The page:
From Academic Kids

Ahenobarbus ("brazen-bearded" or "red-haired") is the name of a plebeian Roman family of the gens Domitia. The name was derived from the red beard and hair by which many of the family were distinguished. Amongst its members the following may be mentioned:

Gnaeus Domitius Ahenobarbus, consul 192 BC

Gnaeus Domitius Ahenobarbus, consul 122 BC. As proconsul in 121 BC, successfully fought against the Allobroges, a Gaulic tribe, in retaliation for their attacks on Rome's Allies, the Aedui. Was subsequently elected Censor with Lucius Caeilius Metellus, and removed 32 members from the Senate. Father of the following.

Gnaeus Domitius Ahenobarbus, son of the same named consul of 122 BC, tribune of the people 104 BC, brought forward a law (lex Domitia de Sacerdotiis) by which the priests of the superior colleges were to be elected by the people in the comitia tributa (seventeen of the tribes voting) instead of by co-optation; the law was repealed by Sulla, revived by Julius Caesar and (perhaps) again repealed by Mark Antony, the triumvir (Cicero, De Lege Agraria, ii. 7; Suetonius, Nero, 2). Ahenobarbus was elected pontifex maximus in 103 BC, consul in 96 BC and censor in 92 BC with Lucius Licinius Crassus the orator, with whom he was frequently at variance. They took joint action, however, in suppressing the recently established Latin rhetorical schools, which they regarded as injurious to public morality (Aulus Gellius xv. 11).

Lucius Domitius Ahenobarbus, consul 94 BC

Lucius Domitius Ahenobarbus, son of Gn. Domitius Ahenobarbus cos 96 BC, husband of Porcia Catones the sister of Cato the younger, friend of Cicero and enemy of Julius Caesar, and a strong supporter of the aristocratical party. At first strongly opposed to Pompey, he afterwards sided with him against Caesar. He was consul in 54 BC, and in 49 he was appointed by the senate to succeed Caesar as governor of Gaul. After the outbreak of the civil war he commanded the Pompeian troops at Corfinium, but was obliged to surrender. Although treated with great generosity by Caesar, he stirred up Massilia (today's Marseille) to an unsuccessful resistance against him. After its surrender, he joined Pompey in Greece and was slain in the flight after the battle of Pharsalus, in which he commanded the right wing against Antony (Caesar, Bellum Civile, i., ii., iii.; Dio Cassius xxxix., xli.; Appian, B.C. ii. 82).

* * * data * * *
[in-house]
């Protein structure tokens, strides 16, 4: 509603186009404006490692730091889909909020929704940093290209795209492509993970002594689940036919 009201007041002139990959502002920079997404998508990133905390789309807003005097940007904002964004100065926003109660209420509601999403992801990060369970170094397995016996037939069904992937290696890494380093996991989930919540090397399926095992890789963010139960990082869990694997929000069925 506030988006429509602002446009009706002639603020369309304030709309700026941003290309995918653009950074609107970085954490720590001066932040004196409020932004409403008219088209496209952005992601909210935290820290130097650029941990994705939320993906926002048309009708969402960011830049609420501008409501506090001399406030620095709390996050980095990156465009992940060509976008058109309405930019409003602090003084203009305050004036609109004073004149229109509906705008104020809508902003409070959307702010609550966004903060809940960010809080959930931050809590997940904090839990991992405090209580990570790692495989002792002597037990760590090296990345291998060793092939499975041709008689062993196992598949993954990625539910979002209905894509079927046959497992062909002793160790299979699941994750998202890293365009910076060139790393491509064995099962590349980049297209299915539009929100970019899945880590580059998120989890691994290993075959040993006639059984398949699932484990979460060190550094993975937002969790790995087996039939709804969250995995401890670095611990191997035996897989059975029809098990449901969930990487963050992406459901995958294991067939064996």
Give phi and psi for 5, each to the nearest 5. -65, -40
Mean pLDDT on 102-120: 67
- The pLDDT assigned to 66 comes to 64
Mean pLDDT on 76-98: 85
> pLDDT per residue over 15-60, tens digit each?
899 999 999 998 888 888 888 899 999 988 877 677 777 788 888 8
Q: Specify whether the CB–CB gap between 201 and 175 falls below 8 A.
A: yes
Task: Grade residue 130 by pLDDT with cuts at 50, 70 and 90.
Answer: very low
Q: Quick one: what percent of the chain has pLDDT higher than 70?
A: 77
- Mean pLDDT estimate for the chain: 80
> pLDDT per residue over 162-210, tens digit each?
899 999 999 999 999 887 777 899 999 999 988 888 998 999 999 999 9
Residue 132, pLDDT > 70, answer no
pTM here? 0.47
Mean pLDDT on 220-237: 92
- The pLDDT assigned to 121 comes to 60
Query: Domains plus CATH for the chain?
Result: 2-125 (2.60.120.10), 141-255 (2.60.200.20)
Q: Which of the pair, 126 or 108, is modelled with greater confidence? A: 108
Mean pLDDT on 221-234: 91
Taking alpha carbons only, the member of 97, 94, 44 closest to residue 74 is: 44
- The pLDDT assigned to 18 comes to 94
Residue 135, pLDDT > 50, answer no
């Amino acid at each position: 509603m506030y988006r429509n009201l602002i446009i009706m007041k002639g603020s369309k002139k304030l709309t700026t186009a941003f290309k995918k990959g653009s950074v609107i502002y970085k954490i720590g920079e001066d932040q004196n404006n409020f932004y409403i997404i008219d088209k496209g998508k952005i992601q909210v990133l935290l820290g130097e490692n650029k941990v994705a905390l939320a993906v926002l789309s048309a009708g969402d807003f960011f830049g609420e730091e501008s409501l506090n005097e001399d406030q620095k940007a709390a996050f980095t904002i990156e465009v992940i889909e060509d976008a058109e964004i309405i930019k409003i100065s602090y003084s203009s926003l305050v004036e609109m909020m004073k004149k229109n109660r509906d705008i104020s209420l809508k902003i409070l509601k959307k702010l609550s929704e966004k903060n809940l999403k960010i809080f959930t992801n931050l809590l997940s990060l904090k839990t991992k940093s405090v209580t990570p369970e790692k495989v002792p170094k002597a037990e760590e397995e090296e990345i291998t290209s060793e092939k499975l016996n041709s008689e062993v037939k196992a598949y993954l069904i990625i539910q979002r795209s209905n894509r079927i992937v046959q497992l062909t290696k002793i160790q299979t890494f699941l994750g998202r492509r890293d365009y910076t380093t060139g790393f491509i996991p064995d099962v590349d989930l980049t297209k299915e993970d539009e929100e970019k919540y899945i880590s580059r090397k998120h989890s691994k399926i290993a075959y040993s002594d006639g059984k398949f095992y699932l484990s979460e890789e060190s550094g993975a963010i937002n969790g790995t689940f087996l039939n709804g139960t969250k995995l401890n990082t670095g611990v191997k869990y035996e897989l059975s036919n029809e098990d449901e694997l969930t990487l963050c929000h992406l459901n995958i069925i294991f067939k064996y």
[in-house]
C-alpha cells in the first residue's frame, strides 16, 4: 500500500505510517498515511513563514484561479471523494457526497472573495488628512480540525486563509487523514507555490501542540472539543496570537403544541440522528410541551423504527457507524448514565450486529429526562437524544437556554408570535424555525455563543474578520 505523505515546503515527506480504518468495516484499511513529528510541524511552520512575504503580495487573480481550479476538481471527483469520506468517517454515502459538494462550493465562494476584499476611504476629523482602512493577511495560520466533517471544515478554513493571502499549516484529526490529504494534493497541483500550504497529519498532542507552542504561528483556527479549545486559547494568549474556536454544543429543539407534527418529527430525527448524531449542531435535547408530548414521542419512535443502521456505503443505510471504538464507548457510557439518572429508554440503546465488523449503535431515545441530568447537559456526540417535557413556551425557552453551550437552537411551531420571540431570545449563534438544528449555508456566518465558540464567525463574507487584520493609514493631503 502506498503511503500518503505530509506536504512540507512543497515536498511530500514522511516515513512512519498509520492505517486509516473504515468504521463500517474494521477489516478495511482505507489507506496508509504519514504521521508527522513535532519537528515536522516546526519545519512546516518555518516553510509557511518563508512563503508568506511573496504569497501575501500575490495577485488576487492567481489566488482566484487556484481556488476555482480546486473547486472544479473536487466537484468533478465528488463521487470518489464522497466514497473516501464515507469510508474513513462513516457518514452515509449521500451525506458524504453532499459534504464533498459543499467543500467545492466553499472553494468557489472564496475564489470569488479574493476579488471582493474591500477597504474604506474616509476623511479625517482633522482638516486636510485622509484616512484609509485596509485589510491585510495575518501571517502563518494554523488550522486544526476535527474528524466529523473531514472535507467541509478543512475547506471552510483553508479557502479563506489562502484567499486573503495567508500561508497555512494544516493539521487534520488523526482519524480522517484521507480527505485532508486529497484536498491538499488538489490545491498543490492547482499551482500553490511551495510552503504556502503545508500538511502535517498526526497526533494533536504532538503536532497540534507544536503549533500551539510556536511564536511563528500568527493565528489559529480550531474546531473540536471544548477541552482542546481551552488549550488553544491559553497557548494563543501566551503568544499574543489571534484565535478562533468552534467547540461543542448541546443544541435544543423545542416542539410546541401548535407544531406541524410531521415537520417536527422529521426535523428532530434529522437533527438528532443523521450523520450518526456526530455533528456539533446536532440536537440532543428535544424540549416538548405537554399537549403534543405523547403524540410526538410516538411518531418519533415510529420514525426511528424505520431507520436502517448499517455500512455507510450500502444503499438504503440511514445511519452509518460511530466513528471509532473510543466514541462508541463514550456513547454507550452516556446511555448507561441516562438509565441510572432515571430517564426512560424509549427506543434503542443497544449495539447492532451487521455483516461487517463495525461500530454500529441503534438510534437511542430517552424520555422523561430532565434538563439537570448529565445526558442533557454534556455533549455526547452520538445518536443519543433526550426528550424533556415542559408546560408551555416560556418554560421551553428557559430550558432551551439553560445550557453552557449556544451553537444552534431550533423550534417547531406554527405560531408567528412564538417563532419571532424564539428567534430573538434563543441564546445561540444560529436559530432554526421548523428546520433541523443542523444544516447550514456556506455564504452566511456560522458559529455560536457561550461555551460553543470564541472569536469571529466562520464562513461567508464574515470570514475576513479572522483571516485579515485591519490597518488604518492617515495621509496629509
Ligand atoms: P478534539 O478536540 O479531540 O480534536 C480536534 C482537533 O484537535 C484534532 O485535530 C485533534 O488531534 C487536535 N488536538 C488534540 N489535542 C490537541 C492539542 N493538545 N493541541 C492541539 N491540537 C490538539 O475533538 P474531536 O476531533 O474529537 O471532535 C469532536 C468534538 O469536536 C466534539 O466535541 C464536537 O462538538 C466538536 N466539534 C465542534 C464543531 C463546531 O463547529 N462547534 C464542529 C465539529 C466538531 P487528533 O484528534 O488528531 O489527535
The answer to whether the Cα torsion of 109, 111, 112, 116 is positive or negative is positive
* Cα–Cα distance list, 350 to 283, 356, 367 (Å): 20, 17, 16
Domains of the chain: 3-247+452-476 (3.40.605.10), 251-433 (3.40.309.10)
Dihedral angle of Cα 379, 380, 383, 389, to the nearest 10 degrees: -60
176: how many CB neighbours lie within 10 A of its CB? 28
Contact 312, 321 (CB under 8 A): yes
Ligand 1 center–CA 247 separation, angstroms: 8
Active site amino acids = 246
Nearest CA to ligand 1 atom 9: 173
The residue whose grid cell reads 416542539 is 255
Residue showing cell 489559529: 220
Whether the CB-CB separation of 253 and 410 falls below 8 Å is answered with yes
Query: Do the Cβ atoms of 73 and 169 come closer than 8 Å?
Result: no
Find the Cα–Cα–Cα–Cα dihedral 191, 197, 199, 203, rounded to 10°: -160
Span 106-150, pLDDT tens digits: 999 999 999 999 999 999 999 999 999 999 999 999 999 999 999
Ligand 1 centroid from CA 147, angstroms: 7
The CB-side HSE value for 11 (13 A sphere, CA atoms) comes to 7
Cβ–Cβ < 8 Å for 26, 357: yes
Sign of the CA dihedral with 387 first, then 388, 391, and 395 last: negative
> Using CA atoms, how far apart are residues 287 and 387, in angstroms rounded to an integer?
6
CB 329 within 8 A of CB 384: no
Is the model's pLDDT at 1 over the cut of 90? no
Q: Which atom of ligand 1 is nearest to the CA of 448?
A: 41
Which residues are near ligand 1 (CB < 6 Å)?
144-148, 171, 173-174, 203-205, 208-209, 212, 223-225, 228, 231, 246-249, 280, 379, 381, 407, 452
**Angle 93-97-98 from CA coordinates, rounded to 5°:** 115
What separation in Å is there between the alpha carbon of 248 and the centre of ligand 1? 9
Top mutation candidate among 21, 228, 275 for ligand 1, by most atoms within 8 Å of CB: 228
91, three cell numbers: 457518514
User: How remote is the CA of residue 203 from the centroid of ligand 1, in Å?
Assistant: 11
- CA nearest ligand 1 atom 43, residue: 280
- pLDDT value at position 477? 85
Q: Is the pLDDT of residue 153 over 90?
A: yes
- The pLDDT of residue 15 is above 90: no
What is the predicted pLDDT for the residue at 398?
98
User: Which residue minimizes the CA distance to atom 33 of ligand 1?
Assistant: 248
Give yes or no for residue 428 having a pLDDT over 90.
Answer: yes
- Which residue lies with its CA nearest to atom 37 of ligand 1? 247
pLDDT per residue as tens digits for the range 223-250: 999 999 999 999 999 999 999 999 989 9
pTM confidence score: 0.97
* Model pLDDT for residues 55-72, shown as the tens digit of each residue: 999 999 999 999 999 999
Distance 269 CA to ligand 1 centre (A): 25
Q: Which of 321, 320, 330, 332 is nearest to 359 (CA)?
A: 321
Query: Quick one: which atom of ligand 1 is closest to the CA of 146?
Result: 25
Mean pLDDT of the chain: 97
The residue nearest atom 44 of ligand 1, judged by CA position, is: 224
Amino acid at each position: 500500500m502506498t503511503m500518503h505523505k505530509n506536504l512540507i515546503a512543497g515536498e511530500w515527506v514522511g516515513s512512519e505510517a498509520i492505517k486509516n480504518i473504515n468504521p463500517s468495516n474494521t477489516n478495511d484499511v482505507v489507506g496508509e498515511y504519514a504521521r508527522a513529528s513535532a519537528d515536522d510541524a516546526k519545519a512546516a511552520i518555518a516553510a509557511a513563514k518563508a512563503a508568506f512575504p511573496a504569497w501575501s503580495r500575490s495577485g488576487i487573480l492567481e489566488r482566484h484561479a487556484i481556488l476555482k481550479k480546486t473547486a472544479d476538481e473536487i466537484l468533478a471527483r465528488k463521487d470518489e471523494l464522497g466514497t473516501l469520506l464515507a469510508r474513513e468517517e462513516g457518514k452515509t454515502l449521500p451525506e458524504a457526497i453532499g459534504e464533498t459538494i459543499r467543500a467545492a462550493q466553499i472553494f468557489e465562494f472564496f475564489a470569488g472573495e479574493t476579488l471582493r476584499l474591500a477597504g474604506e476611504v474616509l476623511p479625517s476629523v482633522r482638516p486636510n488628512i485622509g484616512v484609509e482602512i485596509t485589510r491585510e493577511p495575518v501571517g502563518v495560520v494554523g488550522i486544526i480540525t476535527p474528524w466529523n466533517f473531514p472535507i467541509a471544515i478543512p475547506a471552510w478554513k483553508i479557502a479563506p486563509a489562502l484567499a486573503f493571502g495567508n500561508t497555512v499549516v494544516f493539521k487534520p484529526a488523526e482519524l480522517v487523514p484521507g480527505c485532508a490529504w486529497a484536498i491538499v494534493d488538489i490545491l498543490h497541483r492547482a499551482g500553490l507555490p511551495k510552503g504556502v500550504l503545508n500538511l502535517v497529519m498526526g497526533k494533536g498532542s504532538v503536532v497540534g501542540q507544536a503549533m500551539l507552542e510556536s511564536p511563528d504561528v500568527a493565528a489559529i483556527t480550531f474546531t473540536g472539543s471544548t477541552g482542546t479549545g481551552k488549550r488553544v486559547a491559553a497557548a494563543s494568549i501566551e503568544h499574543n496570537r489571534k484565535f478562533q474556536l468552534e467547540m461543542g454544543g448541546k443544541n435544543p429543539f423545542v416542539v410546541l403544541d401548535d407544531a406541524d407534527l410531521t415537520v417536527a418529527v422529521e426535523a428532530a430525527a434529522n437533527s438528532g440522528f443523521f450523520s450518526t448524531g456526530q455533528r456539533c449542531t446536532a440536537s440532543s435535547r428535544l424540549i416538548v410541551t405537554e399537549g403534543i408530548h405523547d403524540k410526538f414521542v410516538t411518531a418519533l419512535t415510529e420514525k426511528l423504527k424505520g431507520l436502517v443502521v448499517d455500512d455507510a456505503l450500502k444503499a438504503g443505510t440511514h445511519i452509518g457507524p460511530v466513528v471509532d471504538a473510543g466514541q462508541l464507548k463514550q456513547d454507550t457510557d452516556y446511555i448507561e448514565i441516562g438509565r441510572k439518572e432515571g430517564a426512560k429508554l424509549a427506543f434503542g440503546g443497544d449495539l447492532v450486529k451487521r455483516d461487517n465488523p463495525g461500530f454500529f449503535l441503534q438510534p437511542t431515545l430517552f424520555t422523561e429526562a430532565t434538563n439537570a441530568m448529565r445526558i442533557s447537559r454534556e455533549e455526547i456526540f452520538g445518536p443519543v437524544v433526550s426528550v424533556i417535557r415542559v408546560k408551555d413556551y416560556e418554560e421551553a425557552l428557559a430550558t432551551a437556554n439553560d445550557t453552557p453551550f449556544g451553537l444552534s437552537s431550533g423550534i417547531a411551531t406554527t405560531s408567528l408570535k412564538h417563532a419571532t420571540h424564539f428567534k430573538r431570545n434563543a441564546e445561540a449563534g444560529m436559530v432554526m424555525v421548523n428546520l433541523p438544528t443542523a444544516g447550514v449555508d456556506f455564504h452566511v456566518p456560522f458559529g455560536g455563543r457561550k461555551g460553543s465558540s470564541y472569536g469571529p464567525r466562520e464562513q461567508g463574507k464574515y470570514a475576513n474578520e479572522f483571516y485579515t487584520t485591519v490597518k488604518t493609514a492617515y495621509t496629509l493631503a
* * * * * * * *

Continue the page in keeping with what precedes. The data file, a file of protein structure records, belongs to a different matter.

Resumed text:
Gnaeus Domitius Ahenobarbus, son of the above.

Lucius Domitius Ahenobarbus Lucius Domitius was the only child of the above and Aemilia Lepida. His mother was a paternal cousin to triumvir Marcus Aemilius Lepidus. His paternal grandmother was Porcia Catones.

He won an honorary triumph, by penetrating deeper into Germany, than anyone else before him. As a youngman he was a famous charioteer. Suetonius describes as 'arrogant, cruel, notorius and extravagant'.

Lucius held the office of aedile. As praetor and consul made knights marry women as if the ceremonies were pantomimes. He enjoyed presenting gladiatorial contests and wild animal hunts. In Augustus' will he was nominated to purchase his household possessions.

Lucius married Antonia Major, Augustus' niece. They had Domitia, Gnaeus Domitius Ahenobarbus (below) and Domitia Lepida. Lucius died in AD 25.

Gnaeus Domitius Ahenobarbus, son of the above.

Lucius Domitius Ahenobarbus (Nero), fifth Roman Emperor and son of the above.


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